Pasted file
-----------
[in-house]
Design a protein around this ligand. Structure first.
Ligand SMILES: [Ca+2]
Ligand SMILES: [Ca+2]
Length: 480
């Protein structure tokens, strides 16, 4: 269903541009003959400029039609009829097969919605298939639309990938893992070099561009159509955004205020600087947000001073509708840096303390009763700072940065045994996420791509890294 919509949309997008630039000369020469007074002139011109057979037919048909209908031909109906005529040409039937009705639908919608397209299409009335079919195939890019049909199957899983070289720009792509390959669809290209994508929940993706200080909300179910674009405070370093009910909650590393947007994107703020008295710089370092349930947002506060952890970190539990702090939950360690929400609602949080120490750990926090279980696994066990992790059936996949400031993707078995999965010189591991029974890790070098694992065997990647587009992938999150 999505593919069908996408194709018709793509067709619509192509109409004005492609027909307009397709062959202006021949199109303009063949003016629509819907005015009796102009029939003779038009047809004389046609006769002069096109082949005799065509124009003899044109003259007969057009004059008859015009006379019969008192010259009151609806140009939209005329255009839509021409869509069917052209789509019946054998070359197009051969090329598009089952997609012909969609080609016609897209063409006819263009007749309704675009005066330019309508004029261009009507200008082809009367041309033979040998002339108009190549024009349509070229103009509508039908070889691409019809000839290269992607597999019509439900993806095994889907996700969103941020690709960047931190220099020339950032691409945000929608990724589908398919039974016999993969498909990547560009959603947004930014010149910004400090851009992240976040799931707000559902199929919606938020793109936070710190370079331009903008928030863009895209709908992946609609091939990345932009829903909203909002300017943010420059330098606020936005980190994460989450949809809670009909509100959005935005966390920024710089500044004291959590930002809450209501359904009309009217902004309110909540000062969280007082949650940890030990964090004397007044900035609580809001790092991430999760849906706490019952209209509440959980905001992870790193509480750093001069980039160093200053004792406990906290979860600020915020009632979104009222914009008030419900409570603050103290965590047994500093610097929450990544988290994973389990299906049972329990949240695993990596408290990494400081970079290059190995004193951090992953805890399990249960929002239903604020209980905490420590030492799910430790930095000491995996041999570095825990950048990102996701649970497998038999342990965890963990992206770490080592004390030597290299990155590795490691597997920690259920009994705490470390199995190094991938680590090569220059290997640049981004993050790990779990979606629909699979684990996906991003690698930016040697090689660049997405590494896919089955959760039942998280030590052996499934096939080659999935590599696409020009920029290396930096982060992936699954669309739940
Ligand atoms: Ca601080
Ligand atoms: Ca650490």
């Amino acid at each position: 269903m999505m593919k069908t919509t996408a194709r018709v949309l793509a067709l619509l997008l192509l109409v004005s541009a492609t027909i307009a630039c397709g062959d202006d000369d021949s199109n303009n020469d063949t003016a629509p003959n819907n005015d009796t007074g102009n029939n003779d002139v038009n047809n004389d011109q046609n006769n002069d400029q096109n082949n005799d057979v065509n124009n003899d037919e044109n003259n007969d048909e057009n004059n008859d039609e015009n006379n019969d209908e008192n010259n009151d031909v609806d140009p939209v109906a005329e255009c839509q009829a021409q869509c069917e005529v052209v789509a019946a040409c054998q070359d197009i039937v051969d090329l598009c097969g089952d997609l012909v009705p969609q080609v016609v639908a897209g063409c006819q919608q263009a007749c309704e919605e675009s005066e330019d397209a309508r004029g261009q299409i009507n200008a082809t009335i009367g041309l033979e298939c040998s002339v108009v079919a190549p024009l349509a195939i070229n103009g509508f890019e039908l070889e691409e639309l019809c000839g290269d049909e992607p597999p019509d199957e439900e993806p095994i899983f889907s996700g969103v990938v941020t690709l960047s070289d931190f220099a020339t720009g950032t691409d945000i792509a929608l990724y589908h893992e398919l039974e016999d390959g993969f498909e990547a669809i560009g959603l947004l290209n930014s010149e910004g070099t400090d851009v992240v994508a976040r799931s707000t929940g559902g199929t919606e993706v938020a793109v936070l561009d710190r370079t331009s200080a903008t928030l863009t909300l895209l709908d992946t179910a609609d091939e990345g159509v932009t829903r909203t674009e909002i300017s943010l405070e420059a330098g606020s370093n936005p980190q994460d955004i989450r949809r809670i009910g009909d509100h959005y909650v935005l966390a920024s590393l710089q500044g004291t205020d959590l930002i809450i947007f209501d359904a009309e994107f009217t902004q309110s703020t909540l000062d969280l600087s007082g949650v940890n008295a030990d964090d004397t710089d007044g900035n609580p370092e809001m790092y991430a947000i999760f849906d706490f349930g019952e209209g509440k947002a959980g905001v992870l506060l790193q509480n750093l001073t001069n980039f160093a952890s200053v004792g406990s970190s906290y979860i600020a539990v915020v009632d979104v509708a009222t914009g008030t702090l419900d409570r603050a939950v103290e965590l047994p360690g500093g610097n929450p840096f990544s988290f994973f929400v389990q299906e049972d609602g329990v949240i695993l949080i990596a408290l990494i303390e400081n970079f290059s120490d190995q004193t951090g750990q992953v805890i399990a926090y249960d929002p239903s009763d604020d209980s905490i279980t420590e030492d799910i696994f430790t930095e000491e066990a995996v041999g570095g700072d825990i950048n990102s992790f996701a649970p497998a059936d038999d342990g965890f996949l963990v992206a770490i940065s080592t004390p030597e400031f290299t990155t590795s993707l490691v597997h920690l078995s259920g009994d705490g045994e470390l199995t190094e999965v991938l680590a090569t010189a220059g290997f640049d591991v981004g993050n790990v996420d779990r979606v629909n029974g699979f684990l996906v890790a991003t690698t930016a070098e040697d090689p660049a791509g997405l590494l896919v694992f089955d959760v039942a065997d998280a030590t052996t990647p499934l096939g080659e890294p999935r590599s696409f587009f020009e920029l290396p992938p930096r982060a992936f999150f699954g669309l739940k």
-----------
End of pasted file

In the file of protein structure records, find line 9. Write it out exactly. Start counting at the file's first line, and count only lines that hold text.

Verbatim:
């Amino acid at each position: 269903m999505m593919k069908t919509t996408a194709r018709v949309l793509a067709l619509l997008l192509l109409v004005s541009a492609t027909i307009a630039c397709g062959d202006d000369d021949s199109n303009n020469d063949t003016a629509p003959n819907n005015d009796t007074g102009n029939n003779d002139v038009n047809n004389d011109q046609n006769n002069d400029q096109n082949n005799d057979v065509n124009n003899d037919e044109n003259n007969d048909e057009n004059n008859d039609e015009n006379n019969d209908e008192n010259n009151d031909v609806d140009p939209v109906a005329e255009c839509q009829a021409q869509c069917e005529v052209v789509a019946a040409c054998q070359d197009i039937v051969d090329l598009c097969g089952d997609l012909v009705p969609q080609v016609v639908a897209g063409c006819q919608q263009a007749c309704e919605e675009s005066e330019d397209a309508r004029g261009q299409i009507n200008a082809t009335i009367g041309l033979e298939c040998s002339v108009v079919a190549p024009l349509a195939i070229n103009g509508f890019e039908l070889e691409e639309l019809c000839g290269d049909e992607p597999p019509d199957e439900e993806p095994i899983f889907s996700g969103v990938v941020t690709l960047s070289d931190f220099a020339t720009g950032t691409d945000i792509a929608l990724y589908h893992e398919l039974e016999d390959g993969f498909e990547a669809i560009g959603l947004l290209n930014s010149e910004g070099t400090d851009v992240v994508a976040r799931s707000t929940g559902g199929t919606e993706v938020a793109v936070l561009d710190r370079t331009s200080a903008t928030l863009t909300l895209l709908d992946t179910a609609d091939e990345g159509v932009t829903r909203t674009e909002i300017s943010l405070e420059a330098g606020s370093n936005p980190q994460d955004i989450r949809r809670i009910g009909d509100h959005y909650v935005l966390a920024s590393l710089q500044g004291t205020d959590l930002i809450i947007f209501d359904a009309e994107f009217t902004q309110s703020t909540l000062d969280l600087s007082g949650v940890n008295a030990d964090d004397t710089d007044g900035n609580p370092e809001m790092y991430a947000i999760f849906d706490f349930g019952e209209g509440k947002a959980g905001v992870l506060l790193q509480n750093l001073t001069n980039f160093a952890s200053v004792g406990s970190s906290y979860i600020a539990v915020v009632d979104v509708a009222t914009g008030t702090l419900d409570r603050a939950v103290e965590l047994p360690g500093g610097n929450p840096f990544s988290f994973f929400v389990q299906e049972d609602g329990v949240i695993l949080i990596a408290l990494i303390e400081n970079f290059s120490d190995q004193t951090g750990q992953v805890i399990a926090y249960d929002p239903s009763d604020d209980s905490i279980t420590e030492d799910i696994f430790t930095e000491e066990a995996v041999g570095g700072d825990i950048n990102s992790f996701a649970p497998a059936d038999d342990g965890f996949l963990v992206a770490i940065s080592t004390p030597e400031f290299t990155t590795s993707l490691v597997h920690l078995s259920g009994d705490g045994e470390l199995t190094e999965v991938l680590a090569t010189a220059g290997f640049d591991v981004g993050n790990v996420d779990r979606v629909n029974g699979f684990l996906v890790a991003t690698t930016a070098e040697d090689p660049a791509g997405l590494l896919v694992f089955d959760v039942a065997d998280a030590t052996t990647p499934l096939g080659e890294p999935r590599s696409f587009f020009e920029l290396p992938p930096r982060a992936f999150f699954g669309l739940k």